It’s amazing how much common ground there is between interior designers and shopfitters these days. The results of our trawl of opinions reveal that both parties put a feeling for design high on the agenda for getting the best out of a project.
While 88 per cent of the designers questioned rank “sympathy with design” as a prime attribute in a shopfitter, National Association of Shopfitters director Gordon Elliott cites “creativity” as something his members appreciate in a designer (see box). “Shopfitters respond to new ideas and new concepts,” he says.
So why the impasse we too often hear of, when designer and craftworker don’t see eye to eye? One of the keys, according to comments gleaned during our survey, is that both parties need to understand the others’ business better and have mutual respect for the complementary roles they play.
NAS’s Elliott, for example, talks of the need for designers to understand what they’re asking a shopfitter to do and to involve them early in a job. Some 75 per cent of designers responding to the survey say it is important that a shopfitter is responsive to any design changes.
“Trust” is a word frequently used by designers explaining special relationships they have with particular shopfitting firms. This, says Rawls & Company founder Adam Rawls, is particularly crucial in fast-track jobs where there is no time to spare. “Retail is always done to a ridiculous timescale,” he says. “A contractor that is part of a team structure is best.”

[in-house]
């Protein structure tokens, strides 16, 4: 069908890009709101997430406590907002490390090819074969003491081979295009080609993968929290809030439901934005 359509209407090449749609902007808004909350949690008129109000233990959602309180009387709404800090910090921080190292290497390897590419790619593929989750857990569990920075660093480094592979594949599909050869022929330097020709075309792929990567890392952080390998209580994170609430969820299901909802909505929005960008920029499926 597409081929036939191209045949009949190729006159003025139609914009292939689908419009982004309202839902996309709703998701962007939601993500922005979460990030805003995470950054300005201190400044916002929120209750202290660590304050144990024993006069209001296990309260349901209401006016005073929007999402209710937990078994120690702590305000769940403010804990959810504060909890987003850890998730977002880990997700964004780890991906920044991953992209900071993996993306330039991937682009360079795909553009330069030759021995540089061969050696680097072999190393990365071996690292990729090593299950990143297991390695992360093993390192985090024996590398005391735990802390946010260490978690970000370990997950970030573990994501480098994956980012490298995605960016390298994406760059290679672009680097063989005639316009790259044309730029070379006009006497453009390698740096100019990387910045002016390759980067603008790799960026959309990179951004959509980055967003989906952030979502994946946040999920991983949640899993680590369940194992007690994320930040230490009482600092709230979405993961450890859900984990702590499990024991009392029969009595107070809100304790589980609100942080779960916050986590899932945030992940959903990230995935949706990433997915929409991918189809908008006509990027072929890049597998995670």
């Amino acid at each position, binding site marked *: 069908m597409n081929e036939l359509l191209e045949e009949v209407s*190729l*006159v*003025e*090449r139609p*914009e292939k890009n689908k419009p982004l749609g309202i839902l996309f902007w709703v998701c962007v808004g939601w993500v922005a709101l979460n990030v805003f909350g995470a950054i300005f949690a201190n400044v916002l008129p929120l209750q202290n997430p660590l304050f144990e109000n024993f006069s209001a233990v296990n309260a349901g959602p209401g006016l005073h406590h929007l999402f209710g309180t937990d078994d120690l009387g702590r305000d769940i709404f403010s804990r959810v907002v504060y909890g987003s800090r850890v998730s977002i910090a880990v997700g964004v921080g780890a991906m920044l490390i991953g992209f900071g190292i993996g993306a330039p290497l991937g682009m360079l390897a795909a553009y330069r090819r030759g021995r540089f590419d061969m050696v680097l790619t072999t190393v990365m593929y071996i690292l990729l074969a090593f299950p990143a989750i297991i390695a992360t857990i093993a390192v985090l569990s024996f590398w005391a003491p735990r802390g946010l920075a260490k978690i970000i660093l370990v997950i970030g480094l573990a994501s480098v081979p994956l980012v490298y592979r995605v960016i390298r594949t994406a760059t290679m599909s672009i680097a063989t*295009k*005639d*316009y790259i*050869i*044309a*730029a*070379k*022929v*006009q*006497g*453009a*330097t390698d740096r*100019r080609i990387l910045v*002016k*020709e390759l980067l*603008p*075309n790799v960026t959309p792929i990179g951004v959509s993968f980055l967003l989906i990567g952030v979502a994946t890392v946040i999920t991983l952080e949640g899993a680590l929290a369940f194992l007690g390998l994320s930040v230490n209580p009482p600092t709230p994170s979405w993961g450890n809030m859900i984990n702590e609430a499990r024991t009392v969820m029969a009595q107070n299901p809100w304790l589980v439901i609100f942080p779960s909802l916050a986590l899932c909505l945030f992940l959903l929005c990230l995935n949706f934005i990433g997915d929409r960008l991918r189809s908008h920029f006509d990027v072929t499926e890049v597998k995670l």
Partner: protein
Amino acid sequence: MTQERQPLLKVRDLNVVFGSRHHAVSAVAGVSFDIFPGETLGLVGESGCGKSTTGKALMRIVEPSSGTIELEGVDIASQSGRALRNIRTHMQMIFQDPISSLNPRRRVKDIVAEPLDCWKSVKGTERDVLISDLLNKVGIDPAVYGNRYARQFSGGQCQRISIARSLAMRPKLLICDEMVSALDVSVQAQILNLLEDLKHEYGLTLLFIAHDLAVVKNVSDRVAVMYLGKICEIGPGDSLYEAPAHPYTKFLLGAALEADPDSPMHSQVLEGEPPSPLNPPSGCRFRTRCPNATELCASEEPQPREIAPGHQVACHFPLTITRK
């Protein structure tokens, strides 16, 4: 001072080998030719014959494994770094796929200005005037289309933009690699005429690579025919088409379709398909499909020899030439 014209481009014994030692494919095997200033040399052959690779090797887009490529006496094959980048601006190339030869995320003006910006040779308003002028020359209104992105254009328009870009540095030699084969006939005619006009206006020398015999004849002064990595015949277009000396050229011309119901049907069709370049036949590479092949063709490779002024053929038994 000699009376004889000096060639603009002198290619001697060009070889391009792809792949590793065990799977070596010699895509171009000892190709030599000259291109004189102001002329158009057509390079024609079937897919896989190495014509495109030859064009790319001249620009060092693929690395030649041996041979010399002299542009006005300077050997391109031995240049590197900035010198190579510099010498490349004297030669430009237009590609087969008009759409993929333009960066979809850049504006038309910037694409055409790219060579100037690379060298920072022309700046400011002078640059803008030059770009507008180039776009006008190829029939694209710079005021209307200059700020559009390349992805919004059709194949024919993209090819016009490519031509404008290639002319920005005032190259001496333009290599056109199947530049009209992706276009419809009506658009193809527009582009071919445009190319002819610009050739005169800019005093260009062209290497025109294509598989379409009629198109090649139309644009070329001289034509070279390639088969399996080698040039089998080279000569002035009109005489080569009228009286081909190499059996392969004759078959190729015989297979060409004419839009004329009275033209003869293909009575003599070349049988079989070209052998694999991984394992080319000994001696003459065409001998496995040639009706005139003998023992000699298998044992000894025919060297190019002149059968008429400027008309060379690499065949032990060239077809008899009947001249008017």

Rawls’ choices include E & F Shopfitters for its responsiveness and the quality of its work.
Paul Bretherton, project director at retail specialist 20/20 Design Consultants, mentions the trust and “two-way respect” he shares with the best shopfitters that he has worked with: Hadley Shopfitters, Nason Foster and Epsom. Callum Lumsden of Lumsden Design Partnership adds “enthusiasm” and “understanding of design” as qualities shared by his three favourites: Design & Fittings, Team Point and, again, Nason Foster.